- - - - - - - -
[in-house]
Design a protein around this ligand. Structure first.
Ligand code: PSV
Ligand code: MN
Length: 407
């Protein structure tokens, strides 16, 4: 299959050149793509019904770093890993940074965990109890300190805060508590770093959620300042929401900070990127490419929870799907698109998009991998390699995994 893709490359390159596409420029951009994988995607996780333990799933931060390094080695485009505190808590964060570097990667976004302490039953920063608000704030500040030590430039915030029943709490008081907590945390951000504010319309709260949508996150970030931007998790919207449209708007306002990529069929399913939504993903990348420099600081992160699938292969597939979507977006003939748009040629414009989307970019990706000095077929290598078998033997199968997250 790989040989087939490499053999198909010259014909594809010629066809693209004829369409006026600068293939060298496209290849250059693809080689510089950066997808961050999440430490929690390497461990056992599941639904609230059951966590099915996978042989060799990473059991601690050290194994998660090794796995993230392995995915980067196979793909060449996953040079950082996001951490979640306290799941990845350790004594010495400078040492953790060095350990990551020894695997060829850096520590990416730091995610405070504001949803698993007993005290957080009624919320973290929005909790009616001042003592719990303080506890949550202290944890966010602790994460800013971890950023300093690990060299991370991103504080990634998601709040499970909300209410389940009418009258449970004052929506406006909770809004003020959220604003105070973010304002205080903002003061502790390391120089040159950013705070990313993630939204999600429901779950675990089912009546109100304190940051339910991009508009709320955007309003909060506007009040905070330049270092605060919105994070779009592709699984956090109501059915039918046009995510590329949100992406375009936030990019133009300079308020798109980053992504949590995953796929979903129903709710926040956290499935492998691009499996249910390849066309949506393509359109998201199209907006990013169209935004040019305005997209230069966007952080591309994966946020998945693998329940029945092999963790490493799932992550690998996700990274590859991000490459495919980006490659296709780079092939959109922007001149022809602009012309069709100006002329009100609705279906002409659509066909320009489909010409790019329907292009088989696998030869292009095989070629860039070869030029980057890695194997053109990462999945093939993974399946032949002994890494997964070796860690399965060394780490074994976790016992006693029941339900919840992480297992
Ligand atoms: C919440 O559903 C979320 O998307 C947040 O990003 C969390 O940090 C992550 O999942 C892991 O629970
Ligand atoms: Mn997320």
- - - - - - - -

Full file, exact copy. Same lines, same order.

[in-house]
Design a protein around this ligand. Structure first.
Ligand code: PSV
Ligand code: MN
Length: 407
């Protein structure tokens, strides 16, 4: 299959050149793509019904770093890993940074965990109890300190805060508590770093959620300042929401900070990127490419929870799907698109998009991998390699995994 893709490359390159596409420029951009994988995607996780333990799933931060390094080695485009505190808590964060570097990667976004302490039953920063608000704030500040030590430039915030029943709490008081907590945390951000504010319309709260949508996150970030931007998790919207449209708007306002990529069929399913939504993903990348420099600081992160699938292969597939979507977006003939748009040629414009989307970019990706000095077929290598078998033997199968997250 790989040989087939490499053999198909010259014909594809010629066809693209004829369409006026600068293939060298496209290849250059693809080689510089950066997808961050999440430490929690390497461990056992599941639904609230059951966590099915996978042989060799990473059991601690050290194994998660090794796995993230392995995915980067196979793909060449996953040079950082996001951490979640306290799941990845350790004594010495400078040492953790060095350990990551020894695997060829850096520590990416730091995610405070504001949803698993007993005290957080009624919320973290929005909790009616001042003592719990303080506890949550202290944890966010602790994460800013971890950023300093690990060299991370991103504080990634998601709040499970909300209410389940009418009258449970004052929506406006909770809004003020959220604003105070973010304002205080903002003061502790390391120089040159950013705070990313993630939204999600429901779950675990089912009546109100304190940051339910991009508009709320955007309003909060506007009040905070330049270092605060919105994070779009592709699984956090109501059915039918046009995510590329949100992406375009936030990019133009300079308020798109980053992504949590995953796929979903129903709710926040956290499935492998691009499996249910390849066309949506393509359109998201199209907006990013169209935004040019305005997209230069966007952080591309994966946020998945693998329940029945092999963790490493799932992550690998996700990274590859991000490459495919980006490659296709780079092939959109922007001149022809602009012309069709100006002329009100609705279906002409659509066909320009489909010409790019329907292009088989696998030869292009095989070629860039070869030029980057890695194997053109990462999945093939993974399946032949002994890494997964070796860690399965060394780490074994976790016992006693029941339900919840992480297992
Ligand atoms: C919440 O559903 C979320 O998307 C947040 O990003 C969390 O940090 C992550 O999942 C892991 O629970
Ligand atoms: Mn997320």